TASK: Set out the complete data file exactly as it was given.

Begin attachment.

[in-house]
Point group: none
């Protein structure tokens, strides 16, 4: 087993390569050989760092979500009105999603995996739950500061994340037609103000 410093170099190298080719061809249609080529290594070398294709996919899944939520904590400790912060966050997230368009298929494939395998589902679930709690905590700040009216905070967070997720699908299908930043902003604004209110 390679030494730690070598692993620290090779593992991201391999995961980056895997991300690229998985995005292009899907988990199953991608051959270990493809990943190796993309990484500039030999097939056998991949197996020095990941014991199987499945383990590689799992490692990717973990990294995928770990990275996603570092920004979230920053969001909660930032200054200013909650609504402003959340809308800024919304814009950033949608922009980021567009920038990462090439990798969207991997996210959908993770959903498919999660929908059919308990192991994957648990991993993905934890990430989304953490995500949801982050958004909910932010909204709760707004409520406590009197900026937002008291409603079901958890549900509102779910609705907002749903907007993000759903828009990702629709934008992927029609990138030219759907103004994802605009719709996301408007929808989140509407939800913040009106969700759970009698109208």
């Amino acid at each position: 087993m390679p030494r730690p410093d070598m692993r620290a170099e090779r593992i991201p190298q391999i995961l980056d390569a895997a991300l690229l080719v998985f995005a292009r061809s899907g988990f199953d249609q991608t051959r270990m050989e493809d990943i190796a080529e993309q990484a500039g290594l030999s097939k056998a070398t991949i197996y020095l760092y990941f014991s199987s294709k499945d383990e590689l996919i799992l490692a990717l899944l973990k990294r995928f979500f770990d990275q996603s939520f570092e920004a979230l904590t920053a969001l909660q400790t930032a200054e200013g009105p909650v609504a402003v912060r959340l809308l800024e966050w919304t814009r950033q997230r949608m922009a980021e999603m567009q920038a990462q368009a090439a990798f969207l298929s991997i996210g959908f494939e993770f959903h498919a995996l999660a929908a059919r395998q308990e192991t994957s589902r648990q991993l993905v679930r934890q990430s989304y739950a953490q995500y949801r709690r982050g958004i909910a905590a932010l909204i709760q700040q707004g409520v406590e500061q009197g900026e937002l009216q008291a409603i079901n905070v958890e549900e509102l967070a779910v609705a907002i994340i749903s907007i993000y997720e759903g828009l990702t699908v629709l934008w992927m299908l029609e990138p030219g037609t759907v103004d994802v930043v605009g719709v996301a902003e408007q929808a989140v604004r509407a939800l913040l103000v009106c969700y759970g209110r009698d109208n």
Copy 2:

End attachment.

[in-house]
Point group: none
């Protein structure tokens, strides 16, 4: 087993390569050989760092979500009105999603995996739950500061994340037609103000 410093170099190298080719061809249609080529290594070398294709996919899944939520904590400790912060966050997230368009298929494939395998589902679930709690905590700040009216905070967070997720699908299908930043902003604004209110 390679030494730690070598692993620290090779593992991201391999995961980056895997991300690229998985995005292009899907988990199953991608051959270990493809990943190796993309990484500039030999097939056998991949197996020095990941014991199987499945383990590689799992490692990717973990990294995928770990990275996603570092920004979230920053969001909660930032200054200013909650609504402003959340809308800024919304814009950033949608922009980021567009920038990462090439990798969207991997996210959908993770959903498919999660929908059919308990192991994957648990991993993905934890990430989304953490995500949801982050958004909910932010909204709760707004409520406590009197900026937002008291409603079901958890549900509102779910609705907002749903907007993000759903828009990702629709934008992927029609990138030219759907103004994802605009719709996301408007929808989140509407939800913040009106969700759970009698109208």
């Amino acid at each position: 087993m390679p030494r730690p410093d070598m692993r620290a170099e090779r593992i991201p190298q391999i995961l980056d390569a895997a991300l690229l080719v998985f995005a292009r061809s899907g988990f199953d249609q991608t051959r270990m050989e493809d990943i190796a080529e993309q990484a500039g290594l030999s097939k056998a070398t991949i197996y020095l760092y990941f014991s199987s294709k499945d383990e590689l996919i799992l490692a990717l899944l973990k990294r995928f979500f770990d990275q996603s939520f570092e920004a979230l904590t920053a969001l909660q400790t930032a200054e200013g009105p909650v609504a402003v912060r959340l809308l800024e966050w919304t814009r950033q997230r949608m922009a980021e999603m567009q920038a990462q368009a090439a990798f969207l298929s991997i996210g959908f494939e993770f959903h498919a995996l999660a929908a059919r395998q308990e192991t994957s589902r648990q991993l993905v679930r934890q990430s989304y739950a953490q995500y949801r709690r982050g958004i909910a905590a932010l909204i709760q700040q707004g409520v406590e500061q009197g900026e937002l009216q008291a409603i079901n905070v958890e549900e509102l967070a779910v609705a907002i994340i749903s907007i993000y997720e759903g828009l990702t699908v629709l934008w992927m299908l029609e990138p030219g037609t759907v103004d994802v930043v605009g719709v996301a902003e408007q929808a989140v604004r509407a939800l913040l103000v009106c969700y759970g209110r009698d109208n």
Copy 2: